University News

Student Labor Alliance members rally in Florida

Five SLA members marched part of a 200-mile route in support of food workers’ rights

By
Staff Writer
Thursday, April 4, 2013

The main target of the rally was the supermarket chain Publix, which protesters accused of subjecting its workers to “modern-day slavery.” Activists have been targeting the chain throughout the year.

Five members from the Student Labor Alliance traveled to Florida to take part in a march held March 14-18 to protest corporations’ alleged abuse of farm workers in the state.

The students joined the Coalition of Immokalee Workers, a pro-workers’ rights advocacy group, to walk part of the coalition’s March for Rights, Respect and Fair Food, which follows a 200-mile route starting in Fort Myers, Fla. to the corporate headquarters of the supermarket chain Publix in Lakeland, Fla. every ten years.

Activists targeted Publix for demonstrations this year because they claim the company is involved in a form of “modern-day slavery” by underpaying farm owners for their produce, causing farmers to pay substandard wages to their employees, said Shelby Mack ’14, SLA member and march attendee.

The coalition “works towards improving the lives of their community,” Mack said, adding that the group has made an impact by securing wage increases for farm workers and human rights codes for laborers.

“The SLA had two primary goals with this march,” Mack said. “We wanted to celebrate all the successes that this coalition has held and to continue putting pressure on Publix.”

Students said they wanted to participate in the march because of the need to expose what they deemed Publix’s unfair treatment of workers.

“Publix … claims to treat their employees with respect and dignity,” said Tomas Quinonez-Riegos ’15, an SLA member who took part in the march. He added that though Publix indirectly sets low wages for farm laborers by underpaying their employers, the company unfairly does not consider these laborers to be on their payroll.

Quinonez-Riegos charged Publix, which touts its commitment to ethical business standards, with hypocrisy regarding its labor practices.

“One of its main corporate tenets is that it’s faith-based, which is ironic,” he said.

“These corporations — food service, supermarket and fast food companies — have the power to improve conditions in the fields,” Mack said. “The growers don’t have more money to pay these farm workers unless these corporations pay more for their produce,” she added.

The Coalition of Immokalee Workers aims to increase farm workers’ wages by 75 percent by pressuring their employers to sign what its members call the Fair Food Agreement. The terms of this agreement commit corporations to implementing safer working conditions and giving their workers “a voice,” Quinonez-Riegos said.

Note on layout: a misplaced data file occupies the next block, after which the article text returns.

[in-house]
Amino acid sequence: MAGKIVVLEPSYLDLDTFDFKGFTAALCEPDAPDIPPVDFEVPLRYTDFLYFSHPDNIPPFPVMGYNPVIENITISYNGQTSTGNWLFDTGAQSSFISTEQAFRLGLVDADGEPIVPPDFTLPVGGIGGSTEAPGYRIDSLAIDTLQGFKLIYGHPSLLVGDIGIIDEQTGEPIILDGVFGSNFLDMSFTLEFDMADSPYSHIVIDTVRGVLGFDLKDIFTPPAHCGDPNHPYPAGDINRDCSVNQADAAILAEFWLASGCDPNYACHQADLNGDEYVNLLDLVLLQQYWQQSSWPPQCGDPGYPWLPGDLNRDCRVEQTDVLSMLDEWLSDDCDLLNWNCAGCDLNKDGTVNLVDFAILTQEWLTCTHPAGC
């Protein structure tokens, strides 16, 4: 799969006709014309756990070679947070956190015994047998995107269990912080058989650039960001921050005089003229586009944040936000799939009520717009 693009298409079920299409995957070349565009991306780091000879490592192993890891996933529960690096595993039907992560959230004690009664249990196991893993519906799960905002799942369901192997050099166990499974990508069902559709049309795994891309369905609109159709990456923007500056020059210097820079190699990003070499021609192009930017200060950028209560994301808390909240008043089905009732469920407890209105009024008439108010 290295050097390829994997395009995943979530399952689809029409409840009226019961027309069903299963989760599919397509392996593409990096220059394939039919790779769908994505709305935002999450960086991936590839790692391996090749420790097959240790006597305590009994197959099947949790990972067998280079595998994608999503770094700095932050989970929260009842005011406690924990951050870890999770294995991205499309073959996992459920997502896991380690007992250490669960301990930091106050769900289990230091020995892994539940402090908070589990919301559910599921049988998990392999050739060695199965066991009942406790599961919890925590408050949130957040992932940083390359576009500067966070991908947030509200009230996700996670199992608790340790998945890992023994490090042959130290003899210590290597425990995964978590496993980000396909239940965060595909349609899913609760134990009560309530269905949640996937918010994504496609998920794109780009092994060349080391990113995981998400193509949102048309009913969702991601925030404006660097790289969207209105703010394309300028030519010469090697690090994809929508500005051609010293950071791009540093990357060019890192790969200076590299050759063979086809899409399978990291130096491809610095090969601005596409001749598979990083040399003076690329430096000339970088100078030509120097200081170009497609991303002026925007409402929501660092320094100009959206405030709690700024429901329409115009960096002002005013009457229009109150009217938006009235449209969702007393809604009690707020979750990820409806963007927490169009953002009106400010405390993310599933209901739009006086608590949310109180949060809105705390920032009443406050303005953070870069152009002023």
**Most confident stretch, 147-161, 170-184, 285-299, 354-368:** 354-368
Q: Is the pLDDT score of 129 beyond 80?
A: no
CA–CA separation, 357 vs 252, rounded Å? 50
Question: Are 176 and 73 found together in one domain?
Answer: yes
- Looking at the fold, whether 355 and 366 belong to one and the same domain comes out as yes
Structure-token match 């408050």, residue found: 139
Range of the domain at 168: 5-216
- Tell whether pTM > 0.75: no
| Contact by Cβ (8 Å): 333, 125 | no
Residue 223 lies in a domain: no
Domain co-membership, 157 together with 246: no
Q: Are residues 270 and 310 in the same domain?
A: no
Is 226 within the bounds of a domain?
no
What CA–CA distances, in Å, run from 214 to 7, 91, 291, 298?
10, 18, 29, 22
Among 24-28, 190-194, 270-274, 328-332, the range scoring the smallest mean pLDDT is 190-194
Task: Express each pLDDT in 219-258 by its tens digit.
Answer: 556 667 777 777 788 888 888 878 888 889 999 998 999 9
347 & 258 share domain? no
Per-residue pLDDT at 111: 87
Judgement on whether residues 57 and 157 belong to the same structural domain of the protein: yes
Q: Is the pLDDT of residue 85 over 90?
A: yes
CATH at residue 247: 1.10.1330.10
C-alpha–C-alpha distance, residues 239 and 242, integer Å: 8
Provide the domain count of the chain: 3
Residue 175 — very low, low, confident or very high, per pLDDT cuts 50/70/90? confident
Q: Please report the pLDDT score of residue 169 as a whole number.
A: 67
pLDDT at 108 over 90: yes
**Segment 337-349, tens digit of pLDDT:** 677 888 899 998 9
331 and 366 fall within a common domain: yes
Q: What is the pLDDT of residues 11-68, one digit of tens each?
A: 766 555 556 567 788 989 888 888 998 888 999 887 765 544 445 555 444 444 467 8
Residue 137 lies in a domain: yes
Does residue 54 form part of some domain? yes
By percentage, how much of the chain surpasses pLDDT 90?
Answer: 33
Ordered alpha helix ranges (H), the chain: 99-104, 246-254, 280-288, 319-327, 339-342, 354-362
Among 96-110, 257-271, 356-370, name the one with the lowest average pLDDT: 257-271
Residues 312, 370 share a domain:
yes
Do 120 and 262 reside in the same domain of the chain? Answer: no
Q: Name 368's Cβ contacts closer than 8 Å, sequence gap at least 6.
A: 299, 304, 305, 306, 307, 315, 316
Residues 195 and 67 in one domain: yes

Students who attended the march said they felt the experience was emotionally powerful.

Mack said she believed the coalition’s actions have been successful, adding that 11 corporations have already signed the Fair Food Agreement. But she noted Publix continues to resist signing the agreement.

Marching in Florida has given SLA members a new perspective on organizing activism in the local community, Quinonez-Riegos said.

Mack said the CIW and SLA are now working on a joint campaign in Rhode Island to pressure Wendy’s and Stop & Shop to sign the Fair Food Agreement.

“Wendy’s is the final one of the top five fast food chains in America not to sign on to this agreement,” Mack said, expressing her hope to carry the organizing spirit from Florida to Rhode Island.

 

A previous version of this article incorrectly stated that the Coalition of Immokalee Workers’ March for Rights, Respect and Fair Food occurs annually. In fact, the march occurs once a decade. The Herald regrets the error.

Editor’s note: The Herald was unable to verify the accuracy of certain quotes in this article. Those quotes have since been removed. The Herald strives for accuracy in all its reporting. We apologize for the error.

  • SLA member

    This article is in the process of being corrected, but in the meantime, we’d like to note that it contains misquotes and false information about the CIW and the March. Thanks!

  • greatcause, terriblejournalism

    The CIW’s recent 200-mile march is an inspiration for anyone fighting for social justice. Real newspapers like the NYTimes have called the CIW’s victories for farmworker justice “possibly the most successful action in the United States in 20 years” (please note my correct use of quotations in this instance). Unfortunately, this article is full of very basic mistakes about the CIW and their campaign. Furthermore, the article’s author, in his haste to pump this gem out, states that the march lasted 4 days…farmworkers and their allies marched 200 miles over the course of 14 days.

  • Daniel Moraff

    Terrific march. Such a shame the article is so full of inaccuracies and misquotations of SLA members, who weren’t even being recorded. The BDH literally threw together some paraphrases and called them quotes. Not the first time this has happened. Future interviewees: maybe avoid talking to the BDH if you don’t want your words to be butchered.